11 October 2011

The Garden of Earthly Delights by Bosh Part 1

The Garden of Earthly Delights is a triptych painted by the early Netherlandish master Hieronymus Bosch (c. 1450–1516), housed in the Museo del Prado in Madrid since 1939. Painted in 1505, it reveals great complexity of meaning and vivid imagery.

This work it is a religious work like no other. Painted during the Renaissance, it is full of disturbing symbols. When you look at it you think - this is when weirdness in art begun.

The symbolism of this remarkable painting appears to be right out of a nightmare. Figures intertwine in such fantastic and intricate patterns that the eye becomes easily confused by the complex imagery. People mingle deliriously with plants, animals and monsters, and all are leaping, dancing, running, copulating, defecating, and tormenting each other with an almost convulsive frenzy.

The Garden of Earthly Delights

The painting is composed by three panels, which were kept in a castle with the wings  closed. The room was surrounded by other artworks, sculptures and it was considered the room of curiosities. Great men were invited to visit the room  and were amazed by this work once the shutters were open.

The Garden of Earthly Delights with outer panels closed 

From the outside all you can see is a white globe.  But from the inside, it reveals a very different picture, very hard to understand.

Bosh was confusingly modern for his time, he had a freaky imagination - funny and at the same time sinister. There is lots of interpretations of this painting, but no one really knows for sure what The Garden of Earthly Delight is about. Bosh never wrote anything about it and nobody noted down anything he said about it. We know virtually nothing about Bosh's life from the date of his birth till his death. All we know about him is that he was famous for painting religious works, altar pieces, but not conventional religious imagery. The Haywain is an example of Bosh's way of painting religious themes. It looks like a normal altar piece at first glance, it has a scene of hell in the right with  people being inventively  tortured, on the left panel there is a scene of paradise with Adam and Eve, but in the central panel where normally should be a picture representing the history of humanity, he painted a meaningless picture of a bale of hay with people pushing it to nowhere.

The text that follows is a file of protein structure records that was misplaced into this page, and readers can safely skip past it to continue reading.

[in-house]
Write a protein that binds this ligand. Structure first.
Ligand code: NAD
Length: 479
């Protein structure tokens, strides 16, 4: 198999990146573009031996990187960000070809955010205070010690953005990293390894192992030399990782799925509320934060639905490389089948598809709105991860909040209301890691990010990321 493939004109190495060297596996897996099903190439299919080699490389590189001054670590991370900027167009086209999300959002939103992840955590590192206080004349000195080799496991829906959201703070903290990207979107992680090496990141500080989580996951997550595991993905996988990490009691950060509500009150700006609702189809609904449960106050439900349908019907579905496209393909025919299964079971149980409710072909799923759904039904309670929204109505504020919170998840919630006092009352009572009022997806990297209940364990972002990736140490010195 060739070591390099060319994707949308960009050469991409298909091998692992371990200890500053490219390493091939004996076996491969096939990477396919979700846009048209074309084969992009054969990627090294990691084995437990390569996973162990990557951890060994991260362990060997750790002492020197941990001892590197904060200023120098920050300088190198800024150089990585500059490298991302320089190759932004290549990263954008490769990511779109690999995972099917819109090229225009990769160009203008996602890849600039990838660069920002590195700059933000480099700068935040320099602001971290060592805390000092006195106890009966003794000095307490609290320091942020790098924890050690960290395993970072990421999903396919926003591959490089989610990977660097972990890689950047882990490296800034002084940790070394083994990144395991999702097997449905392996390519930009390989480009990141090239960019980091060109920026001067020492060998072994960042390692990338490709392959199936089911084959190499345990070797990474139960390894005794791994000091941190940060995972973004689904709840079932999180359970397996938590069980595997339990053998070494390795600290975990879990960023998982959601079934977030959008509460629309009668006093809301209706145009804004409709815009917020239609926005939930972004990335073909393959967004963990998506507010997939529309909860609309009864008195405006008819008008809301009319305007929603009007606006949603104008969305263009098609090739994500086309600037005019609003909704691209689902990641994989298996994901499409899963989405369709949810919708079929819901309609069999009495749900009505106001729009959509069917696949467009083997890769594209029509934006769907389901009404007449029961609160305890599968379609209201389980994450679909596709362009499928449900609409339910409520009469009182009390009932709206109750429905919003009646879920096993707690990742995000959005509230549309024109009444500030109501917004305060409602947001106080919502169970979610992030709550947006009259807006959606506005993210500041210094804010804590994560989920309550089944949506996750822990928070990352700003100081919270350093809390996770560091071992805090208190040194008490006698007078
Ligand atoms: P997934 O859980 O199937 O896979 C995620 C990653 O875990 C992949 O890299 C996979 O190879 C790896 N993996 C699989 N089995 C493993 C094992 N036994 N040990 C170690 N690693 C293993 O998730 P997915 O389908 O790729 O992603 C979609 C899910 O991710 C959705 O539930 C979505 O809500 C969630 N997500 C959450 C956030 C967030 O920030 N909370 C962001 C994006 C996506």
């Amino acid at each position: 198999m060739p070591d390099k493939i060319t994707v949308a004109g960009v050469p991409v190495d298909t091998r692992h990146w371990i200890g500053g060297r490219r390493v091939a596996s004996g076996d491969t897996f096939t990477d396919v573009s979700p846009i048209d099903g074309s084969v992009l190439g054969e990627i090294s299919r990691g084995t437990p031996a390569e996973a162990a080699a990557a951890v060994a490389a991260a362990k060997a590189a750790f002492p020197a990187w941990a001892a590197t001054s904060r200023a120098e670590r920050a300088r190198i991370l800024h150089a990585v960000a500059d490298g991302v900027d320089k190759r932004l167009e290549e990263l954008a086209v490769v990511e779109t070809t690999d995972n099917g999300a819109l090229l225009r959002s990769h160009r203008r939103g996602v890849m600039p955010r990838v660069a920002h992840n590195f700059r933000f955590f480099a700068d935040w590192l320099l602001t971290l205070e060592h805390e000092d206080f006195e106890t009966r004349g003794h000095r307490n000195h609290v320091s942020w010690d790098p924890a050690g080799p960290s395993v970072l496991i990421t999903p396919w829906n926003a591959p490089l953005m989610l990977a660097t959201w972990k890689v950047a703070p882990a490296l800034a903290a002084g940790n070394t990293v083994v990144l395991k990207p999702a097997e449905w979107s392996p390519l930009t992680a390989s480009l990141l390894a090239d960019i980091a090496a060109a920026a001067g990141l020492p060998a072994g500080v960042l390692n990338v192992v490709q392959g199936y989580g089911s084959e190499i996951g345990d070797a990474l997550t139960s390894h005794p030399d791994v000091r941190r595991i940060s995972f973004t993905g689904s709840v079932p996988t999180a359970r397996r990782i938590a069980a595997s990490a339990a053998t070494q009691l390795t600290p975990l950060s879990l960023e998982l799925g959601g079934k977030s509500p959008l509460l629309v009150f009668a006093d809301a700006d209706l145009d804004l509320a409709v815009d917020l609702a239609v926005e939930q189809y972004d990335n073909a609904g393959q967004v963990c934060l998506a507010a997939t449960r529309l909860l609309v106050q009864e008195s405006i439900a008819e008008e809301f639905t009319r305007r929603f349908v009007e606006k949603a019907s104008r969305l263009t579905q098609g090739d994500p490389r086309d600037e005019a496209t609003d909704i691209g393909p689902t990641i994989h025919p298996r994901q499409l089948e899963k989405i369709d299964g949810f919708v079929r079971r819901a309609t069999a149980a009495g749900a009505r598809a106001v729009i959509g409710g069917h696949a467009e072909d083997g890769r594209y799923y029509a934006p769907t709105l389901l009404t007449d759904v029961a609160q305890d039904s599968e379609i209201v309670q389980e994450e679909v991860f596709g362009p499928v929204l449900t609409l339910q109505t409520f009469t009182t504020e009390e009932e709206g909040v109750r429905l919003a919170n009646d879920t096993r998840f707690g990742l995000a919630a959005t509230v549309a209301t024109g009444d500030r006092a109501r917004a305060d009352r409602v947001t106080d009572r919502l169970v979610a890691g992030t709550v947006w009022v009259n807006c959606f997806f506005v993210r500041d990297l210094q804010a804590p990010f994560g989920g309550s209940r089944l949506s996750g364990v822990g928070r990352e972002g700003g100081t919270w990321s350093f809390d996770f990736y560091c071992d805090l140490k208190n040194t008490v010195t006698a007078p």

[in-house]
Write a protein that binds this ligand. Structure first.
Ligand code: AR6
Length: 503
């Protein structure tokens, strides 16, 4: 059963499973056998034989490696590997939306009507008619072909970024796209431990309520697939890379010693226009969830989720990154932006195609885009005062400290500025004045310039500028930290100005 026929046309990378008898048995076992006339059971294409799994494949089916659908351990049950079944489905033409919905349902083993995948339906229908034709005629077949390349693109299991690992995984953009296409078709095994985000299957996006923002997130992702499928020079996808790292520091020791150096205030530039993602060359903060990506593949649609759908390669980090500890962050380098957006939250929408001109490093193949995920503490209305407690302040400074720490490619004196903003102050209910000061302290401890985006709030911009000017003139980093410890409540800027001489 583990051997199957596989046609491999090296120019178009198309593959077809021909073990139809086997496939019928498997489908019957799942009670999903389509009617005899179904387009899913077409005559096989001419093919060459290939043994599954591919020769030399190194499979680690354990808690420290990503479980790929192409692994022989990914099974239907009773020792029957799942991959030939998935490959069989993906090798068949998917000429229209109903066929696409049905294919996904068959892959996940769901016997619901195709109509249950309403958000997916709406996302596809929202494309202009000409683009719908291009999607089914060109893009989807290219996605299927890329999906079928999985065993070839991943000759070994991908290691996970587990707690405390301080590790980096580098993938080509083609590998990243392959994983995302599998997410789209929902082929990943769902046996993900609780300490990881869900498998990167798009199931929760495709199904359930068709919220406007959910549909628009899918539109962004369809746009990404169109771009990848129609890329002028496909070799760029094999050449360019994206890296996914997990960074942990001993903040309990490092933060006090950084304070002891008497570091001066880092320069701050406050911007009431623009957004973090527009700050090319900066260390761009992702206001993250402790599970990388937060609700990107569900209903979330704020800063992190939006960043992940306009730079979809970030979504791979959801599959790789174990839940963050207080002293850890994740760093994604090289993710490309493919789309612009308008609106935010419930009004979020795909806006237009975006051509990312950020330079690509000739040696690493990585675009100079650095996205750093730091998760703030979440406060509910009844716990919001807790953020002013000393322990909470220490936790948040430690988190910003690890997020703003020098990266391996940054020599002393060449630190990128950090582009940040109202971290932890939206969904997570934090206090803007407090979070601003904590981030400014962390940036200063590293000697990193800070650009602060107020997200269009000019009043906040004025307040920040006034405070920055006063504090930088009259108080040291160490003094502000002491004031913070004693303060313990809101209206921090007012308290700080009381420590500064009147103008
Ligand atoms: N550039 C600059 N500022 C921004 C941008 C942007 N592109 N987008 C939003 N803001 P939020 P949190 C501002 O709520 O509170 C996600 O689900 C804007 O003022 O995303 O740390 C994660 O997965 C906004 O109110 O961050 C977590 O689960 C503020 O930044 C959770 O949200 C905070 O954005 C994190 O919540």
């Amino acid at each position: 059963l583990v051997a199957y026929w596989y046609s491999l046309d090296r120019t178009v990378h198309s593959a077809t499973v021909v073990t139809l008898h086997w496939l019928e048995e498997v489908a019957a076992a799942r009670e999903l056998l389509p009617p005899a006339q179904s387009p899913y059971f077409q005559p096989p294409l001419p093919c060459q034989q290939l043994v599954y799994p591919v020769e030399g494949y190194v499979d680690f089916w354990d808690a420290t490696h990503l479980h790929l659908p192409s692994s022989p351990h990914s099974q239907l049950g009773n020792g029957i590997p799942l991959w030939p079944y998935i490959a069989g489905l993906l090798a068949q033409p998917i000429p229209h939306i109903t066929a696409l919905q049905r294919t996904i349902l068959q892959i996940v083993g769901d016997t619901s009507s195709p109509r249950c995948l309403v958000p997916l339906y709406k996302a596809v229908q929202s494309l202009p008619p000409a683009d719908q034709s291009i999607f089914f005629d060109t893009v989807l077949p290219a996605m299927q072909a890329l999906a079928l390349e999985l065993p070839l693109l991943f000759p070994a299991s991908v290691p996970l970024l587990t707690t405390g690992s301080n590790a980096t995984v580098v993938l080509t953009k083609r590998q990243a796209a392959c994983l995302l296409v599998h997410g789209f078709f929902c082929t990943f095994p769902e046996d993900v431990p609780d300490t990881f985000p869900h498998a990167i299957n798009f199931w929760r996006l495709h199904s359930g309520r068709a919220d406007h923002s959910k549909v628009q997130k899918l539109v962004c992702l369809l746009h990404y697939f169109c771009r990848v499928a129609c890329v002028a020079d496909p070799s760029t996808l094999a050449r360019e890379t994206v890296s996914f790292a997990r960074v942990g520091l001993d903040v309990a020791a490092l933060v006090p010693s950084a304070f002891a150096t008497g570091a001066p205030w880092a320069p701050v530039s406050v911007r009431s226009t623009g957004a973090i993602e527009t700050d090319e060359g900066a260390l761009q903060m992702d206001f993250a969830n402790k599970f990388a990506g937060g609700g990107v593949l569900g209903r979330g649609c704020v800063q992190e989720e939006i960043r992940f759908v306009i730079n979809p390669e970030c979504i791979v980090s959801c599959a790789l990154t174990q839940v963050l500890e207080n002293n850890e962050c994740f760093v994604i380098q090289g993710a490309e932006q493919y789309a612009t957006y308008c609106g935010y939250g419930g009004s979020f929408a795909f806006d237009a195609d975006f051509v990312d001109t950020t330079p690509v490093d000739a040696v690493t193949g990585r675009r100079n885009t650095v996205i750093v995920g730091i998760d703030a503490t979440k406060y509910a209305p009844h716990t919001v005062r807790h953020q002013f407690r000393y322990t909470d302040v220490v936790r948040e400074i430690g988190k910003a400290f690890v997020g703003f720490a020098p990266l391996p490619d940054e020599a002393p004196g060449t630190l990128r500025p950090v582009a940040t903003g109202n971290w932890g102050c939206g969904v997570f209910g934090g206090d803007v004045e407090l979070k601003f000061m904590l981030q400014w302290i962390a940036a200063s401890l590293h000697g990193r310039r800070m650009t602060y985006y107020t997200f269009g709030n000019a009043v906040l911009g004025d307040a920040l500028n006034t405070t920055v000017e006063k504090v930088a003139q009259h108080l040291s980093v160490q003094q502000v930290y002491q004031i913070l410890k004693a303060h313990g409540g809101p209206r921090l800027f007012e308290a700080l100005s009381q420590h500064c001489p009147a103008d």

Like the Haywain, The Garden of Earthly Delights looks normal at first, it also shows a kind of hell on the right panel, heaven on the left and humanity in the central picture.

Left panel representing heaven 

Right panel representing hell 

Central panel representing humanity
The most intriguing part of the painting is certainly the central picture, it  has made people think and stare for hundreds of years. It is full of different human experiences. To contemporary people it looks like surrealism ... to the people that looked at it 500 years ago it was all about morality. 
The beauty of the picture is on its intense detail, but the horror of it is there too. Beauty and evil go together, like in a dream.

Nude humans living in a world of weird fruits ...

Human fed fruits by giant birds ...

Nude humans in hunting parties, looking for fruit ...

Continues ...

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